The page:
Welsh Water chooses to go with the flow
In April 2000 the expansion of Welsh Water's Nash STW was completed. Sited on the banks of the River Usk, a tributary of the Severn, Nash serves the whole of Newport courtesy of a new tunnel and pipeline connecting the western half of the town. The project is of vital importance to Welsh Water, which aims to improve the coastline of the Severn estuary between Chepstow and Newport. The work represents an investment of £89M and will eventually take wastewater not only from the population that borders the Usk but also, via another pipeline, from Chepstow's coastal strip.
Coping with change
The development at Nash also represents the largest single UK application of a sewage pumping technology which does away with variable speed motors by matching pump output to varying inflow rates. At Nash this is very important, because flows vary greatly, with peak storm flow predictions of 285Ml/d. The site’s treatment capacity has doubled, and with flows as low as 34Ml/d, inverter drives on the pump motors were the only alternative to the new system.
Engineers at Hyder decided on the Prerostal pumping system after seeing it in use at a small works in the Forest of Dean. “The unique design of Prerostal was found to be beneficial when pumping sewage,” explained Hyder Consulting’s Lyndon Williams. “The pumps coped with various flow rates and never blocked. Subsequent installations for Welsh Water, at Kymin and Cog Moors, also worked well so we took a look at them for Nash.” A benefit of Prerostal pumps discovered during the civil engineering work undertaken at Nash, was that pre-rotation systems could be used as a replacement for Archimedian screws, yet take up a fraction of the space. The inlet works used six Hidrostal Prerostal pumps to introduce raw, unscreened sewage into the works. Two 400mm, guide-rail mounted immersible pumps, each fitted with 110kW motors, were installed in each of the three channels which previously housed Archimedean screws.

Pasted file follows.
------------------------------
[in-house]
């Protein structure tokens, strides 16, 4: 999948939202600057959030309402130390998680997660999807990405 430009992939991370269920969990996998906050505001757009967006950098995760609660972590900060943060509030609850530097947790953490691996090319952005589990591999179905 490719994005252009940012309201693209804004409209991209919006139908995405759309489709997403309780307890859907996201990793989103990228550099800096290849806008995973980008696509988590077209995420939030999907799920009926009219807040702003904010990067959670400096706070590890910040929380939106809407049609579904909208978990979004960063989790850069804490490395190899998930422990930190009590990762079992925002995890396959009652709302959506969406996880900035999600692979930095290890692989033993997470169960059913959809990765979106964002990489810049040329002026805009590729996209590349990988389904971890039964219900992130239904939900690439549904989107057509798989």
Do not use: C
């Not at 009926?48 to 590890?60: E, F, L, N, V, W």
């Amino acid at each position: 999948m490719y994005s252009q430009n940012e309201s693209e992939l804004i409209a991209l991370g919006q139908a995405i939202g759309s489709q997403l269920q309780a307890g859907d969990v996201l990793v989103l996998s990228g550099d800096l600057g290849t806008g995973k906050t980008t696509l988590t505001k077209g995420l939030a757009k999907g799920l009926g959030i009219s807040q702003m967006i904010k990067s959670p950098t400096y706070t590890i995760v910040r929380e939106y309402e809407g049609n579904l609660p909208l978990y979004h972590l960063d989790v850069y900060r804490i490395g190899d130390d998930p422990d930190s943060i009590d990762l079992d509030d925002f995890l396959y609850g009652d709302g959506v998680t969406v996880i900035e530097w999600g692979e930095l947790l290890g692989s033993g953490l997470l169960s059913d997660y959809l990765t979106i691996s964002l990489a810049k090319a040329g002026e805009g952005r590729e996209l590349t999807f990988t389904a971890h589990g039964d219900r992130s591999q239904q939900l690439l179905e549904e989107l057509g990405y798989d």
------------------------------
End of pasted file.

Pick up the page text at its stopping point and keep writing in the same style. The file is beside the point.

Each pump adjusts its output to match the inflow rate, regardless of the flow volume entering the station. This is achieved by rotating the incoming flow using a specially designed GRP basin in which the pump is housed. Each pre-rotation pump cell incorporates a weir and entrance channel to allow a continuous flow to arrive in the basin. Flow matching is achieved by the pumps thanks to a combination of basin design, the pump’s impeller and the weir configuration. As the level of the incoming sewage drops, the basin and weir configuration increases the rotational speed of the fluid. The rotation has the effect of reducing the apparent speed of the pump’s impeller. The lower the fluid level, the higher its rotational velocity, resulting in a lower pump discharge volume.
Welsh Water wanted to retain the existing inlet works structure, since renewing the old Archimedean screw pump building would have been costly. However, the company also wanted to increase the head at this point. The only way of achieving this using conventional pump technology would have been to construct deeper sumps at the inlet pumping point, which would also have substantial civil engineering costs. By adopting the Prerostal method, no new civil work was needed apart from installing the basins.
Robert Williams, Hidrostal’s general manager, explained why Prerostal was developed: “Water companies are very interested in least whole-life cost. This means examining ways to reduce the money spent on installation, which is significant for an Archimedean screw, and the running costs, which can also be high if sophisticated motor control is required for the pumps.”